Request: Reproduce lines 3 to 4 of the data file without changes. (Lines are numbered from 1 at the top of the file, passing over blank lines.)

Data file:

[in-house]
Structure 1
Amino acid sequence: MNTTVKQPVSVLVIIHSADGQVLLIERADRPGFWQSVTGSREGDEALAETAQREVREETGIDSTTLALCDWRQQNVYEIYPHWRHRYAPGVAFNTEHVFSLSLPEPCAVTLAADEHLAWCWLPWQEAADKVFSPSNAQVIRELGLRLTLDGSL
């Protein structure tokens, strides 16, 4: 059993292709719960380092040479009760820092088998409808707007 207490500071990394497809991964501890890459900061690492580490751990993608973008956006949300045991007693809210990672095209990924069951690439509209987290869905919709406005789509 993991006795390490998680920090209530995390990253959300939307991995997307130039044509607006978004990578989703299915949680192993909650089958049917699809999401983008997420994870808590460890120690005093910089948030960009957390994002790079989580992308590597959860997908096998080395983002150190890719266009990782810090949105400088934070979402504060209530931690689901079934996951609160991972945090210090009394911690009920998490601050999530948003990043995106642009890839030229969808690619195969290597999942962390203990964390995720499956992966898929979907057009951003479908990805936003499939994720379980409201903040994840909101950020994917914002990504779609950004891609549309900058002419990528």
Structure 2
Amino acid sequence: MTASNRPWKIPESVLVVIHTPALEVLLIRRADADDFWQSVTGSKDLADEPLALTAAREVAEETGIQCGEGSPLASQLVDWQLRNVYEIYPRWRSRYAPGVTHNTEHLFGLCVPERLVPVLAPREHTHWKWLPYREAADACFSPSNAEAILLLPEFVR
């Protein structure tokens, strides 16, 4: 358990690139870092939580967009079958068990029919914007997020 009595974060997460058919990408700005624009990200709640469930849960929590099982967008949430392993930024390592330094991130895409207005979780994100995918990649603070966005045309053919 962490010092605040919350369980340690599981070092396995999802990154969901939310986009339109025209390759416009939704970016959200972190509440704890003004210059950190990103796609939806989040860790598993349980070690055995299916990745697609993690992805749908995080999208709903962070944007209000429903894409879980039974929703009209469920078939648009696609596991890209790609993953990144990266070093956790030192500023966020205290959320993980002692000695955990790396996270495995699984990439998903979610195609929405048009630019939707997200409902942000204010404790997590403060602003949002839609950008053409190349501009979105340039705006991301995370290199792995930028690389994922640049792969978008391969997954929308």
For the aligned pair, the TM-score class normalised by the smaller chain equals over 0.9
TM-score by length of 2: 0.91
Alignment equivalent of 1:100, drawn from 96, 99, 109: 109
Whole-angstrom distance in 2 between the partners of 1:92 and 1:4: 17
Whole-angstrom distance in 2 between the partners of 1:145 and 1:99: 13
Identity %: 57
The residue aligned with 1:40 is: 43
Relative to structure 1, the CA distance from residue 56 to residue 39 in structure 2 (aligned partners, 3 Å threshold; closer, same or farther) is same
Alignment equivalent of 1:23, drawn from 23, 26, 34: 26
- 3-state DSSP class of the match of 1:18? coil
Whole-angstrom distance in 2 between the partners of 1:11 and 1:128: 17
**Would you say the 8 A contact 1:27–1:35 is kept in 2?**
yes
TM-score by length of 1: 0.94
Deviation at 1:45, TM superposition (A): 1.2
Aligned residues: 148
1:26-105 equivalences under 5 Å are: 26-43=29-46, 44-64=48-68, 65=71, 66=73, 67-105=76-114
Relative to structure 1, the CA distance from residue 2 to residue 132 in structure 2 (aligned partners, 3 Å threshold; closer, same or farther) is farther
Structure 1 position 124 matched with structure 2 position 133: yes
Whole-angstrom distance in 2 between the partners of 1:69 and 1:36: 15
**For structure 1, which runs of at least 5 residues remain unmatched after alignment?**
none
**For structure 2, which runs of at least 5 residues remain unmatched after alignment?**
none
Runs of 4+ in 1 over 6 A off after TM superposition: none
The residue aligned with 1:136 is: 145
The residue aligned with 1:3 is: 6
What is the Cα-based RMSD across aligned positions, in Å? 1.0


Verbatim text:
Amino acid sequence: MNTTVKQPVSVLVIIHSADGQVLLIERADRPGFWQSVTGSREGDEALAETAQREVREETGIDSTTLALCDWRQQNVYEIYPHWRHRYAPGVAFNTEHVFSLSLPEPCAVTLAADEHLAWCWLPWQEAADKVFSPSNAQVIRELGLRLTLDGSL
């Protein structure tokens, strides 16, 4: 059993292709719960380092040479009760820092088998409808707007 207490500071990394497809991964501890890459900061690492580490751990993608973008956006949300045991007693809210990672095209990924069951690439509209987290869905919709406005789509 993991006795390490998680920090209530995390990253959300939307991995997307130039044509607006978004990578989703299915949680192993909650089958049917699809999401983008997420994870808590460890120690005093910089948030960009957390994002790079989580992308590597959860997908096998080395983002150190890719266009990782810090949105400088934070979402504060209530931690689901079934996951609160991972945090210090009394911690009920998490601050999530948003990043995106642009890839030229969808690619195969290597999942962390203990964390995720499956992966898929979907057009951003479908990805936003499939994720379980409201903040994840909101950020994917914002990504779609950004891609549309900058002419990528």